Soon, the biggest operators are likely to follow with plans that redefine how most consumers purchase wireless data. Top executives at AT&T, Verizon Wireless, Vodafone, Deutsche Telekom and Telefónica have all recently called on the industry to move away from flat-rate data plans, although only Vodafone so far has attempted a tiered pricing plan.
At AT&T, the No.2 wireless carrier in the United States, after Verizon Wireless, the use of mobile data surged 5,000 percent from 2007 through 2009 after the operator became the exclusive U.S. seller of Apple’s iPhone, which has helped popularize the mobile Web. But it has also strained AT&T’s wireless network at peak times in urban areas in New York and California.
“In light of the limited natural resource of spectrum, we have to look at the ways of conserving spectrum,” said Mark Siegel, an AT&T spokesman in Atlanta. “We have had to invest billions in our network to keep ahead of this demand. This may also require a different way of looking at pricing on the part of the industry.”
Operators do not disclose whether their mobile data services are profitable, although analysts say they are and point to the industrywide move to build L.T.E. networks, which are essentially mobile broadband networks, as the future for a business where revenue from voice services will play an ever-shrinking role.
Mobile data traffic levels are expected to continue climbing as the use of bandwidth-eating smartphones increases and operators around the world follow TeliaSonera’s example and install their own L.T.E. high-speed networks.
The number of mobile broadband users worldwide is forecast to increase 55 percent this year, to 437.8 million from 282.5 million in December 2009, according to Informa, the telecommunications research firm. By the end of 2014, the number of mobile broadband users is projected to reach 2.1 billion.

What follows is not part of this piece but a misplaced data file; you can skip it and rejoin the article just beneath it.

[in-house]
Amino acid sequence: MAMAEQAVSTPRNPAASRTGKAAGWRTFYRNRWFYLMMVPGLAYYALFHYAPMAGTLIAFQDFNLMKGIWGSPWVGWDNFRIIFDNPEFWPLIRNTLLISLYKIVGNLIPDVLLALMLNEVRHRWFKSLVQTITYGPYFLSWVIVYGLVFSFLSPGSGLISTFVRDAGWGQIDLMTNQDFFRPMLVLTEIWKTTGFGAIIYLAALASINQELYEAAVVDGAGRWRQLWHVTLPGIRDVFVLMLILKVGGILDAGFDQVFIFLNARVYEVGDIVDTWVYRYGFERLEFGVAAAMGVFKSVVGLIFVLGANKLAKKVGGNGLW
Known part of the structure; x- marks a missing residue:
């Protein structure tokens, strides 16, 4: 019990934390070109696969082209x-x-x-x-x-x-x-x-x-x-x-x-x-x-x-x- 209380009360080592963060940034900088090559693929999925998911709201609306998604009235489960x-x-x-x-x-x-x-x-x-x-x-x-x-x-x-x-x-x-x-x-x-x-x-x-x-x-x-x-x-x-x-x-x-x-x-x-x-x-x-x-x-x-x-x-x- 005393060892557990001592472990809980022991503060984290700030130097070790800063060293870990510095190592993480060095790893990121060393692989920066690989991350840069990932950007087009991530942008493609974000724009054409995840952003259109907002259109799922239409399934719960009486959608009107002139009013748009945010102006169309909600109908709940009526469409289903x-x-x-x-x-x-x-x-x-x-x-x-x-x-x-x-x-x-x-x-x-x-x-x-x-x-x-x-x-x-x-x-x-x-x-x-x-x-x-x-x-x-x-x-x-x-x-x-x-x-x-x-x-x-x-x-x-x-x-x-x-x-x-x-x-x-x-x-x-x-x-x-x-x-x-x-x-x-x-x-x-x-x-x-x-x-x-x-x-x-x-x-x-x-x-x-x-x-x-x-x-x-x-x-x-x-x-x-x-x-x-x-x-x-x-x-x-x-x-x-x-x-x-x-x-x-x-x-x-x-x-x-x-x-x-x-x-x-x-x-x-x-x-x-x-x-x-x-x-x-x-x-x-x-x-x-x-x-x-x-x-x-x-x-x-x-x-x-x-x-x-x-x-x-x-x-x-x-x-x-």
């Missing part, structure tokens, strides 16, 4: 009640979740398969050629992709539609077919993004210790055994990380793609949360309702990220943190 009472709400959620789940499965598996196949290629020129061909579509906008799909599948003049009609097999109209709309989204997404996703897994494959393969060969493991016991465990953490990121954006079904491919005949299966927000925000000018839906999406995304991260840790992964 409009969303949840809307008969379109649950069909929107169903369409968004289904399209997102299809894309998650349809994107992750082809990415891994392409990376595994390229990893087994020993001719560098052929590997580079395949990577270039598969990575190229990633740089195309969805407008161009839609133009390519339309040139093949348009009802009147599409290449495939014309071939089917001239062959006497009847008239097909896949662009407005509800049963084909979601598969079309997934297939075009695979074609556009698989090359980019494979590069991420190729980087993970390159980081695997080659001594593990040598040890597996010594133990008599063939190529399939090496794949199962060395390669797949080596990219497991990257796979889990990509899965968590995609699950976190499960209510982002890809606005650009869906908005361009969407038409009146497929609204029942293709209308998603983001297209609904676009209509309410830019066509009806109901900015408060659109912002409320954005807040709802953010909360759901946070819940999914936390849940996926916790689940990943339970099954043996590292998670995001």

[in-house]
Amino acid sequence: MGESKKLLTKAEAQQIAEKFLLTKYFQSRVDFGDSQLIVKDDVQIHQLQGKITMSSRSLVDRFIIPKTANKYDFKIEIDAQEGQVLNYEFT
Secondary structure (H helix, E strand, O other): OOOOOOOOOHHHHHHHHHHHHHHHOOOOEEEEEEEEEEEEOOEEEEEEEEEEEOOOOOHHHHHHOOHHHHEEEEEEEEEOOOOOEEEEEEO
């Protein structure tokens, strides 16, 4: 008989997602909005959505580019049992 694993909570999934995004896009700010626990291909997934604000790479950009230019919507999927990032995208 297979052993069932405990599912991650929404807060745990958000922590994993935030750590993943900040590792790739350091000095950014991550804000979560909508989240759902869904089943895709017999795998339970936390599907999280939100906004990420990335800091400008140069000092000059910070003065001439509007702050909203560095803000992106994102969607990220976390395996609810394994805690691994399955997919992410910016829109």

Over the same period, the level of mobile data traffic on the networks of the world’s carriers is expected to rise 22 times, to 15.1 billion gigabytes from 674 million gigabytes. But without changes in pricing, operator revenue will rise 12 percent a year through 2014, according to Informa, just a fraction of the 49 percent projected annual increase in subscribers or the 86 percent annual increase in data traffic.
Operators are just beginning to link the price of a service — in this case mobile broadband — to the costs to a mobile network, said Kenneth Frank, the president of solutions and marketing for Alcatel-Lucent, a network equipment maker. “There is going to be so much creativity about pricing. We are only seeing the beginning,” Mr. Frank said.
Steve Smith, an analyst at Coda Research Consultancy in Guildford, England, said unlimited flat rates would not disappear but would become much more expensive. “Operators will have to work hard to get their tiers ‘right,”’ Mr. Smith said.
Over time, consumers will have many options for buying customized wireless broadband plans, said Pat McCarthy, a vice president for global marketing at Telcordia, a maker of bandwidth management software for operators based in Piscataway, New Jersey. Those may not mean higher costs for the average user, but heavy users may face higher bills.
“The problem with mobile broadband so far has been most of the revenue it has generated has gone to over-the-top Internet content services, not to the operators,” said Mr. McCarthy, who is based in Galway, Ireland. “That’s what they are trying to change.”